In 1944, the Polish underground resistance - called the Home Army - launched an audacious rebellion against the Nazis known as the Warsaw Uprising. Stefan Bałuk, 97, was there. After the war, he was betrayed by the city he risked his life to free. (more photos below)
Silent and Unseen
At the start of the war, Bałuk followed the Polish Army around Europe, eventually to the UK. There, he was recruited to the so-called Cichociemni, literally "quiet and dark" agents. After parachuting back into occupied Poland, Stefan worked on document forgery, used to make resistance fighters seem legitimate to Nazi police.
The Warsaw Uprising began in earnest on 1 August 1944. For a flavour of the time, take a look at this propaganda newsreel produced in the UK by the Polish government in exile, called Tale of a City:
One problem at the start was communication. Fighters in one part of the city lacked the proper radio crystals to communicate with commanders in another. Someone needed to get the right crystals across heavily-guarded train tracks.
It was a dangerous mission, and Stefan Bałuk’s company volunteered. By luck, they managed to get across. But getting back was another issue. The only option, according to Stefan, was the sewers.
The sewers became the main weapon in the Home Army’s arsenal. They used the tunnels to wage guerrilla warfare out of the manholes.
But it wasn’t glamorous - often, it meant walking through excrement, sometimes neck-high. Here’s how Bałuk describes moving through the sewers:
"The tunnels were egg-shaped, wide at the bottom, narrower at the top. We used to move around using what we called "the bunny method." To crawl through a tunnel, we’d use these special rods about 60 centimeters wide. I’d move the rod forward, cram it against the sides, and then pull myself up and forward. Imagine going one and a half kilometers through one of these sewers … it’d take 4 hours."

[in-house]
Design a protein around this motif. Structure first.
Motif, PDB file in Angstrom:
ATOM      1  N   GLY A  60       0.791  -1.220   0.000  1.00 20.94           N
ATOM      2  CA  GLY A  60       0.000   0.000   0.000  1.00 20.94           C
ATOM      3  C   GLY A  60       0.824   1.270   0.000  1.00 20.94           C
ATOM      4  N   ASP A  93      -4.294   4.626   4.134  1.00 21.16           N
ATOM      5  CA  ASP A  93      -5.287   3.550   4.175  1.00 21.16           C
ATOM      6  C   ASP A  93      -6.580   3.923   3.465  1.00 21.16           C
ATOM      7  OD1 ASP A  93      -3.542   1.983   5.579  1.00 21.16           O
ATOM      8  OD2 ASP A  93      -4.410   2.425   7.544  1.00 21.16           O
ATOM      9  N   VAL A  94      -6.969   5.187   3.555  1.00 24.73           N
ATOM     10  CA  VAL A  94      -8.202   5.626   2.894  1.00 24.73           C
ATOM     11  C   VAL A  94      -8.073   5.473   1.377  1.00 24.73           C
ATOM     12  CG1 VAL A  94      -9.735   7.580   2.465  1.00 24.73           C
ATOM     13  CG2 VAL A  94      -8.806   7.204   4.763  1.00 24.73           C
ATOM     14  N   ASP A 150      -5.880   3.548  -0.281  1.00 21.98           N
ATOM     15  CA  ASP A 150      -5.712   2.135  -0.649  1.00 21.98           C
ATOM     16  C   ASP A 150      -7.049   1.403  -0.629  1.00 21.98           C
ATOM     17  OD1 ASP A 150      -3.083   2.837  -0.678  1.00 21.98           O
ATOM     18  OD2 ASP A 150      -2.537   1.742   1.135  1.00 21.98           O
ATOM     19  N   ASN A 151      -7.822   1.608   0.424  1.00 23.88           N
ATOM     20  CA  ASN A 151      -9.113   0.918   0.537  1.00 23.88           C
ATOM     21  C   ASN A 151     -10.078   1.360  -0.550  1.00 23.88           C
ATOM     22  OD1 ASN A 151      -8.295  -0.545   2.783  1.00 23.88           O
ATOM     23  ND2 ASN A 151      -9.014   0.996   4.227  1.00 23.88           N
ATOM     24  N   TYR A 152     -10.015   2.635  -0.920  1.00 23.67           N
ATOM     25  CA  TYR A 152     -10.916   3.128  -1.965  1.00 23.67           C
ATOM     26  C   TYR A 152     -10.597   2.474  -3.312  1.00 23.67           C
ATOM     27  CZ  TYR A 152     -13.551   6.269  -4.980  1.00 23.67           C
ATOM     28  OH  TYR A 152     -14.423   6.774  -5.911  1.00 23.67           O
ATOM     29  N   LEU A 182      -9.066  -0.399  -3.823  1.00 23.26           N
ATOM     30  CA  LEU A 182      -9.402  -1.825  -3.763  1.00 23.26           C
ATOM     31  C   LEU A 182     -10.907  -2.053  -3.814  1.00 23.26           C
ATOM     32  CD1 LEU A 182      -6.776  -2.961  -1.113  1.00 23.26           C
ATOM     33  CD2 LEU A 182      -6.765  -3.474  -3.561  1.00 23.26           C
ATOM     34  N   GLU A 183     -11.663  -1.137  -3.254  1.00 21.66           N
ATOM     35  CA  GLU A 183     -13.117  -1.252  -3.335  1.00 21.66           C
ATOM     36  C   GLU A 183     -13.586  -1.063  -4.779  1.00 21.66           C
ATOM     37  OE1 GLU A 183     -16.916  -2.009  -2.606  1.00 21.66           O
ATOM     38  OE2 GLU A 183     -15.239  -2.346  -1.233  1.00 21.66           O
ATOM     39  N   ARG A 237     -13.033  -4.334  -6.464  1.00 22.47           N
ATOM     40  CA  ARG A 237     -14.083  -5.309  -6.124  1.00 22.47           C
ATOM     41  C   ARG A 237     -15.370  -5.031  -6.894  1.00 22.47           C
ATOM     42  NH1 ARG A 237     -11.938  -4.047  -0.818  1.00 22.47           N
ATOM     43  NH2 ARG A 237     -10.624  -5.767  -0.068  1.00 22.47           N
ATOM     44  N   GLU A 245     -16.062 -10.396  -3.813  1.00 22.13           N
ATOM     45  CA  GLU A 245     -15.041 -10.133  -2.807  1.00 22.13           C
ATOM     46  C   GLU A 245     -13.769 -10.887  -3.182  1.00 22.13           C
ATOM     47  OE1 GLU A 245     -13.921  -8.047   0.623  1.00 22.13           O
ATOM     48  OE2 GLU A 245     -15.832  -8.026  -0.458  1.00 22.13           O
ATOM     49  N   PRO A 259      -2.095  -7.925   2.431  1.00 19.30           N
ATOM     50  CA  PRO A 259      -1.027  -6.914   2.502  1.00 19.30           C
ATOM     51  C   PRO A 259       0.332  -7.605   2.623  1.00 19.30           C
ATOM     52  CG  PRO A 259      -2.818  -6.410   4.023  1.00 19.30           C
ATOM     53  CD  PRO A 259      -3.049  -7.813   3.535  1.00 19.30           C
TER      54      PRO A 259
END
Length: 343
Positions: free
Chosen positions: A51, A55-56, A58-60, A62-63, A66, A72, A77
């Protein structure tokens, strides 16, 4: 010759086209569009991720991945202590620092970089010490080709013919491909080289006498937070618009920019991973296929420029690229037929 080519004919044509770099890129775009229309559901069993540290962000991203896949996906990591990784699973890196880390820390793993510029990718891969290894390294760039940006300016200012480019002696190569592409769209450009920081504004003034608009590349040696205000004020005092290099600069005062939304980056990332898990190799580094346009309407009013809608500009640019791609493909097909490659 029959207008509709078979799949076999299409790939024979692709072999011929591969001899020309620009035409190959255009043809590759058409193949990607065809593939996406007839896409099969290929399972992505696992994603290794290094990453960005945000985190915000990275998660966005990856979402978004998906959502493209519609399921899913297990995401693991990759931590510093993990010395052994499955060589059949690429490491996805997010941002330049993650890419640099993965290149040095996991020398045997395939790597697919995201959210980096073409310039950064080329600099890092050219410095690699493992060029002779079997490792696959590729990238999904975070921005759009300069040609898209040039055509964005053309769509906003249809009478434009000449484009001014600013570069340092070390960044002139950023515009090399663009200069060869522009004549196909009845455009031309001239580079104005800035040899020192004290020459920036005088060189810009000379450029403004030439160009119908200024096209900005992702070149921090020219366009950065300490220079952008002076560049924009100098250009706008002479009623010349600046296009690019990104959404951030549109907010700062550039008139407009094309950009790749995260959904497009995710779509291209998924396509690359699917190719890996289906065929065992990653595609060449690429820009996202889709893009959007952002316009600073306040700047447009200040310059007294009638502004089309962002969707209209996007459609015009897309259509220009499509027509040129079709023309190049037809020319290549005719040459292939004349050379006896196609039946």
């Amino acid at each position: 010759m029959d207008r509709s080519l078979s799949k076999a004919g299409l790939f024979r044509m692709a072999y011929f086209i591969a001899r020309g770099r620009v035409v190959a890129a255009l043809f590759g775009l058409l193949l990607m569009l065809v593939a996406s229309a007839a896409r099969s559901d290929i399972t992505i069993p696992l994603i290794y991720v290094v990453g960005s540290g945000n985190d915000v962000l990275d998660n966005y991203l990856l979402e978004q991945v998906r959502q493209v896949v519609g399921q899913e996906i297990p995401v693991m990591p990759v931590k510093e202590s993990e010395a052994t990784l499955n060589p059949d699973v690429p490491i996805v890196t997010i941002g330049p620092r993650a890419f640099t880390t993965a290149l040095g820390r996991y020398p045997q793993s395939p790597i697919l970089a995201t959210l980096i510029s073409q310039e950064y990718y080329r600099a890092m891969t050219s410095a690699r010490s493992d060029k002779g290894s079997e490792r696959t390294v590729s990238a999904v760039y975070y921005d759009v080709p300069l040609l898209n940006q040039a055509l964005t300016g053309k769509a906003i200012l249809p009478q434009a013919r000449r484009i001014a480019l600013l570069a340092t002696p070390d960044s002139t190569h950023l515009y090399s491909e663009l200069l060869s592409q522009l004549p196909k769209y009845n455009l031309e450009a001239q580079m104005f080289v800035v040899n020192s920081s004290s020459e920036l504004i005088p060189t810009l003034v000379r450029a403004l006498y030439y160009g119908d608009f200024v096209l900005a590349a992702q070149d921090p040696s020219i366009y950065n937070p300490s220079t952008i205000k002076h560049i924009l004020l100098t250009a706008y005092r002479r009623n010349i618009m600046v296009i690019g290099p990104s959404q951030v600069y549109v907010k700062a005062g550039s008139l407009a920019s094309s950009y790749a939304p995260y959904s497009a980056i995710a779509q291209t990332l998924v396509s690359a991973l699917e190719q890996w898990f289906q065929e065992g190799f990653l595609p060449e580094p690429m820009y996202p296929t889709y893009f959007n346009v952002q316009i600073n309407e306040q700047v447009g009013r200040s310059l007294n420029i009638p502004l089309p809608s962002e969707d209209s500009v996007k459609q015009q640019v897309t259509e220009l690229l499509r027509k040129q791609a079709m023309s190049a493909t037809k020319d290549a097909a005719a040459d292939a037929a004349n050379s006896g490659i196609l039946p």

Ultimately, the Uprising failed. Stefan and the rest of the city were marched off to camps. On his way to Germany, Stefan escaped. They were picked up a few days later by Soviet troops and shuttled back to Warsaw.
[media:image5]The new Communist regime saw the Home Army as an arm of the old Polish government in exile, and that meant collaboration with the West. That’s what got Stefan in trouble.
One of his superiors, arrested by the communists, gave in to their demands and talked. Stefan and hundreds of Home Army soldiers were arrested, beaten, and subjected to show trials as enemies of the People’s Republic of Poland.
Stefan was tortured, especially when his captors learned that he had lived in the UK. He was sentenced to prison, and granted amnesty in 1947. Warsaw, the city of his birth, the city he had dreamed of freeing, had imprisoned him.
After being released, Stefan kept his past to himself. He was visited every few months by the secret police, often arrested and interrogated about his supposed attempts to subvert the government.
It wasn’t until 1971, when some friends managed to get him work as a photographer, that Bałuk says he finally began to feel like he was living again. That’s 24 years after he was released from prison.
After the fall of communism in 1989, surviving members of the Home Army were celebrated as heroes. Bałuk was awarded the rank of General. But the word "hero" doesn’t sit well with him.
"The word hero is so overused. I don't like it. My personal satisfaction is that I did something good for the country. I'm finished with the word hero."
Throughout the war, Bałuk says, he was just a soldier doing what he was told.
Now, Stefan says his grandchildren are the first generation to care about his life.
"They ask me, what was the war like? What did you do during the war? They ask these questions whenever they visit, usually sitting by the fireplace."
Stefan Bałuk has seen dramatic battles for freedom and painful, ironic betrayals. He’s also been lucky: many times, his life was saved by mere chance. But he’s also lucky merely to have lived long enough, long enough to see Warsaw free and prosperous, long enough to answer the questions of an appreciative generation, for whom war is a distant nightmare.